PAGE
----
Number of pages: 283
This is the first Discworld book since Eric to revolve around the hapless wizard, Rincewind. This time he is sent to an empire where rebellion is breaking out because apparently he is thought to be "the great wizard".
Right from the start, it is fairly clear that this is a bad idea, and Rincewind spends a lot of the book running away, while a band of elderly warriors led by Cohen the Barbarian storms the city, and it is fairly clear that a war will break out soon.
Most of the humour in the book comes not only from "the horde" being taught to be polite as they pillage the city and attempt to overthrow its emperor, but the fact that everyone puts their trust in Rincewind, despite the fact that even he knows he is hopeless. He actually manages some quite impressive things in this book, but they all come across as the result of dumb luck.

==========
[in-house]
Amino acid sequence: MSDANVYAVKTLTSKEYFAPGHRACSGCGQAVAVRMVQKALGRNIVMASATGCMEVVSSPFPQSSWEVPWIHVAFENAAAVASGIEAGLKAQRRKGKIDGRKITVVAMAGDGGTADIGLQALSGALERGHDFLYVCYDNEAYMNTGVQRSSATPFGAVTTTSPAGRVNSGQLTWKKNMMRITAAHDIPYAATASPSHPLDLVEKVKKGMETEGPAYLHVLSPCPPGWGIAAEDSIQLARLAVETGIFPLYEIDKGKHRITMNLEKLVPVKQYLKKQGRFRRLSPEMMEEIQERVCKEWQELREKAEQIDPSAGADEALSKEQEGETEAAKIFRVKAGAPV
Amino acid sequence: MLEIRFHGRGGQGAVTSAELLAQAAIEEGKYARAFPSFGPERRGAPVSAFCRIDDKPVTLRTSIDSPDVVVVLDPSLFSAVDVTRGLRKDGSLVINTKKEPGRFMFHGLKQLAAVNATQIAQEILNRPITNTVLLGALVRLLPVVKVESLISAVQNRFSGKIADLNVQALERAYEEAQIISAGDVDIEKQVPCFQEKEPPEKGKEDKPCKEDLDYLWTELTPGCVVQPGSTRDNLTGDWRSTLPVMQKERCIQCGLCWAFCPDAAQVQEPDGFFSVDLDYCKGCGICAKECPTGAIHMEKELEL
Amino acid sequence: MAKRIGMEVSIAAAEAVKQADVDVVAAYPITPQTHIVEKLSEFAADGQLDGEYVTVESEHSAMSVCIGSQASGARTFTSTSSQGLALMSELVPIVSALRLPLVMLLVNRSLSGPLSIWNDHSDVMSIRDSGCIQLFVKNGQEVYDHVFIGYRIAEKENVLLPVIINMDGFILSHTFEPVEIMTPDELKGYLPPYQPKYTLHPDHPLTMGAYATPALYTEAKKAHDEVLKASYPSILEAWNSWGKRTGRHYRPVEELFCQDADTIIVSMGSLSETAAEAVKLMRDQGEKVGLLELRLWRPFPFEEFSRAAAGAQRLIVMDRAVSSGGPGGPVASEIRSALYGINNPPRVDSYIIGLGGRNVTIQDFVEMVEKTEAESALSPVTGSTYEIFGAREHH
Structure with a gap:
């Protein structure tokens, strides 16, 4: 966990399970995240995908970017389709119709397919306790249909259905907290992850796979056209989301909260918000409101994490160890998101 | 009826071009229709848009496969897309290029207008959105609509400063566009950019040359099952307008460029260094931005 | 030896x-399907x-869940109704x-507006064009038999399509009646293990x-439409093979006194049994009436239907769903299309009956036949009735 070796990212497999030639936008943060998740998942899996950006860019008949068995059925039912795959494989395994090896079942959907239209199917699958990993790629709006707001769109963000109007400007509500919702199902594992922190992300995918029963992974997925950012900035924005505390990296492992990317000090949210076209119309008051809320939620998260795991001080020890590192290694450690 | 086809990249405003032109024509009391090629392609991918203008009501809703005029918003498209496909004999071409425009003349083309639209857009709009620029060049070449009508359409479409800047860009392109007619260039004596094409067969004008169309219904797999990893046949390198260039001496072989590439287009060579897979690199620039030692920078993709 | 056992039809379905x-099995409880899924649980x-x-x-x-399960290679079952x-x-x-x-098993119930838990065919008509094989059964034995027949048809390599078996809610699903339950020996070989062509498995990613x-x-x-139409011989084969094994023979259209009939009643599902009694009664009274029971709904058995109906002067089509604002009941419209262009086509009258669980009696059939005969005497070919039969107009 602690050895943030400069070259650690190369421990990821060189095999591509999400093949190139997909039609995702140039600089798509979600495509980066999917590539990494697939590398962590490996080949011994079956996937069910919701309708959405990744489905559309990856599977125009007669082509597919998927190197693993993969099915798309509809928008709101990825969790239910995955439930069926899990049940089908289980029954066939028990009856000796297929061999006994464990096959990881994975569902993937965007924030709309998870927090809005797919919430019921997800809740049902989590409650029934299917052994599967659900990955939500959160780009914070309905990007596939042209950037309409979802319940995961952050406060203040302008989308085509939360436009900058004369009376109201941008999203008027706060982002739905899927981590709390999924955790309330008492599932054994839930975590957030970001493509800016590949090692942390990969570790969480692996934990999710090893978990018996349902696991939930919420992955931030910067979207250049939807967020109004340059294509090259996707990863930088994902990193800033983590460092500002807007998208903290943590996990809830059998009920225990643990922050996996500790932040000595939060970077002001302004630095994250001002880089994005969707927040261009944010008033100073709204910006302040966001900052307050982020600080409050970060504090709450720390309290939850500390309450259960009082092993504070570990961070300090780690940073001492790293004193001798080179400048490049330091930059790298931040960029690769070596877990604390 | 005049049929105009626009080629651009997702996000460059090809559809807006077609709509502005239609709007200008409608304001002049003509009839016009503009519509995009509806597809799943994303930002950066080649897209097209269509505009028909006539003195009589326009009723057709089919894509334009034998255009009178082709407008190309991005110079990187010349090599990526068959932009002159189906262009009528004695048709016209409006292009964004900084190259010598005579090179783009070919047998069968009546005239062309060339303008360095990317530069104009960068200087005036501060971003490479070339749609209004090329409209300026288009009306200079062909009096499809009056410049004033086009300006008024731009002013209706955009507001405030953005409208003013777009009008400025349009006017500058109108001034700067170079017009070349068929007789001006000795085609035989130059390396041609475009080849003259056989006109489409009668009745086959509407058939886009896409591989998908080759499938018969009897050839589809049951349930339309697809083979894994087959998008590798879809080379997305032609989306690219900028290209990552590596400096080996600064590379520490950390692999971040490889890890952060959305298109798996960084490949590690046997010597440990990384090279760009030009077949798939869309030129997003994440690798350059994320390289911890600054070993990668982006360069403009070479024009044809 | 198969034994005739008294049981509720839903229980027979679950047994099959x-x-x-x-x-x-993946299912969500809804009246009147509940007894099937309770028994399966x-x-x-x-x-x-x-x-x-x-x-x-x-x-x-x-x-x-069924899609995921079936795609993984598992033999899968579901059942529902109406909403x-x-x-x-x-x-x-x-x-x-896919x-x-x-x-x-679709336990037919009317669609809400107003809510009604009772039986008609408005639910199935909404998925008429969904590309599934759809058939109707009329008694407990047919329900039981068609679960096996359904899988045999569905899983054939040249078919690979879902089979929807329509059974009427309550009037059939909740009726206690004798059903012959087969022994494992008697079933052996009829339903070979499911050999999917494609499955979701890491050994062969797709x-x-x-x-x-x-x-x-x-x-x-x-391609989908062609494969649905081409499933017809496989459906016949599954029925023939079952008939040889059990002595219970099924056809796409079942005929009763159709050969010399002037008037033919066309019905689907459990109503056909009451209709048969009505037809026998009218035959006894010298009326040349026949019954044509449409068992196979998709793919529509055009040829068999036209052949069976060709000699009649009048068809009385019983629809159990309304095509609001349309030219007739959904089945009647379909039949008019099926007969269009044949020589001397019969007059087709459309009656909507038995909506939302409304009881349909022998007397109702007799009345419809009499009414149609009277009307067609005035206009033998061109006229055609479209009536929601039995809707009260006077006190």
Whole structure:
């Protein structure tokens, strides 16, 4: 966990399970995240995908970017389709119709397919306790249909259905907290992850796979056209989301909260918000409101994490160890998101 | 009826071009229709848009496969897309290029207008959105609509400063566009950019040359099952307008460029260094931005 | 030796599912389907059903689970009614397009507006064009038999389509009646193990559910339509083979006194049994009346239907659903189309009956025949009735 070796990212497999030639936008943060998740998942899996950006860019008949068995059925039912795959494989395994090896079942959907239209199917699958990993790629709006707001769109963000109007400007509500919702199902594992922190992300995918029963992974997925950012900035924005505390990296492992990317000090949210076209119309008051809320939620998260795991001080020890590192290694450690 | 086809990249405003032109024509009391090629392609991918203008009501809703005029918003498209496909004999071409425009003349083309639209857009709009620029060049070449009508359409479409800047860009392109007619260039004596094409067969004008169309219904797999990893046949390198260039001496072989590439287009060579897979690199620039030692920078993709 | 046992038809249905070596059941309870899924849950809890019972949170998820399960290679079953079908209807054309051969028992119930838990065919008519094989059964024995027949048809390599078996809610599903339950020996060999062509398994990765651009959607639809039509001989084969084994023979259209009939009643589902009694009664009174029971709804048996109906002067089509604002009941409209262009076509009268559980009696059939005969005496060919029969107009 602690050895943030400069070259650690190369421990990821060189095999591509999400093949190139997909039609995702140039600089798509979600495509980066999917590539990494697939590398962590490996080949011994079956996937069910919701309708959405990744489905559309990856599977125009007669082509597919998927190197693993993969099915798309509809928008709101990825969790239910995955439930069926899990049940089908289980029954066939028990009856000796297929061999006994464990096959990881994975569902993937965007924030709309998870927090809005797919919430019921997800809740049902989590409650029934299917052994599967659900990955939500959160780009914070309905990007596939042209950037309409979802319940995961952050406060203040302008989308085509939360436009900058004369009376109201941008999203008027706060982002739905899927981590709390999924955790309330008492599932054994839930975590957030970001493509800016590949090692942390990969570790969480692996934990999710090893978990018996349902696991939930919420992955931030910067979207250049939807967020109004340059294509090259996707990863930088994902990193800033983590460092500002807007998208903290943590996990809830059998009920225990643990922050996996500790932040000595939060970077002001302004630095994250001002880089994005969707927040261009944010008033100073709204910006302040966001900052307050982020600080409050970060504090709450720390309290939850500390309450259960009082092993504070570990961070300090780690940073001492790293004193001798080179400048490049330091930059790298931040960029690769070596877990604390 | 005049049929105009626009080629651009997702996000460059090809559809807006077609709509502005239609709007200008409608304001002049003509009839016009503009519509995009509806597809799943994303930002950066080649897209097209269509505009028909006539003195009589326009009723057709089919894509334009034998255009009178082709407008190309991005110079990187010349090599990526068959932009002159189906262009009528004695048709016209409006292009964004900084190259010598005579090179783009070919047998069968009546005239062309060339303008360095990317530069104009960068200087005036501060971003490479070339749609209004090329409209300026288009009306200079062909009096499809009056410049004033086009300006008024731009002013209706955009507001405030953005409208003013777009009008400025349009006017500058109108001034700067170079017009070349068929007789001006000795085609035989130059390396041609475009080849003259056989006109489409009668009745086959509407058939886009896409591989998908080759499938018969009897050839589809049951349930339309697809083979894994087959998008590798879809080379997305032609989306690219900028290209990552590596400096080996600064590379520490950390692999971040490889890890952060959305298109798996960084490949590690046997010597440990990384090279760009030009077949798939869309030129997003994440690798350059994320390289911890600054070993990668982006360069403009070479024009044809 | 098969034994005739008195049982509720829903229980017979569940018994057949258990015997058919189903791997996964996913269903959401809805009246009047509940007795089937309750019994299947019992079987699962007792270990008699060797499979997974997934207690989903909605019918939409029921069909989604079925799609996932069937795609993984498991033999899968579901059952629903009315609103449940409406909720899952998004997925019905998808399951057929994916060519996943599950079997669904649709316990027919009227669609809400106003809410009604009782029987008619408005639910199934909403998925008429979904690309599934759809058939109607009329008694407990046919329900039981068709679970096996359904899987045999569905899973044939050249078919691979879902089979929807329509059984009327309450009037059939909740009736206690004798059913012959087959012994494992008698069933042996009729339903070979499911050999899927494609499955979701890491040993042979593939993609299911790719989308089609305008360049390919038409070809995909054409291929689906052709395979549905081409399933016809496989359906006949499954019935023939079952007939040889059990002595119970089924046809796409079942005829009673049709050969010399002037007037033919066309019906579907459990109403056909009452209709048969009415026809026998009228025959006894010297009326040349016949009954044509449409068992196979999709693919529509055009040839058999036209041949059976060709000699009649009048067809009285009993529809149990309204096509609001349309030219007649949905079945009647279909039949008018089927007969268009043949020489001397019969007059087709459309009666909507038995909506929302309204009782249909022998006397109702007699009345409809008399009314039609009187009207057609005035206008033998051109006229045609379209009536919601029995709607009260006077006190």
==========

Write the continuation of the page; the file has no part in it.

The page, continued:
[Spoilers behind the cut]Also, this book is notable for the fact that Twoflower, who was a main character in the first two Discworld titles, makes a return appearance in this book, although he doesn't show up until about half way through the book; this gives Terry Pratchett an opportunity to return to the brilliantly-written relationship between the two characters that proved to be very entertaining before. Also, after Rincewind has helped win the war by pure fluke, the story ends in a cliffhanger that sets up the subsequent book, The Lost Continent (Discworld #22).
Overall, having another Rincewind story after seven novels without him is a welcome return to one of the most popular characters from the series, and this book is just as funny as the previous ones.
Next book: To Make a Killing (Michael Crawshaw)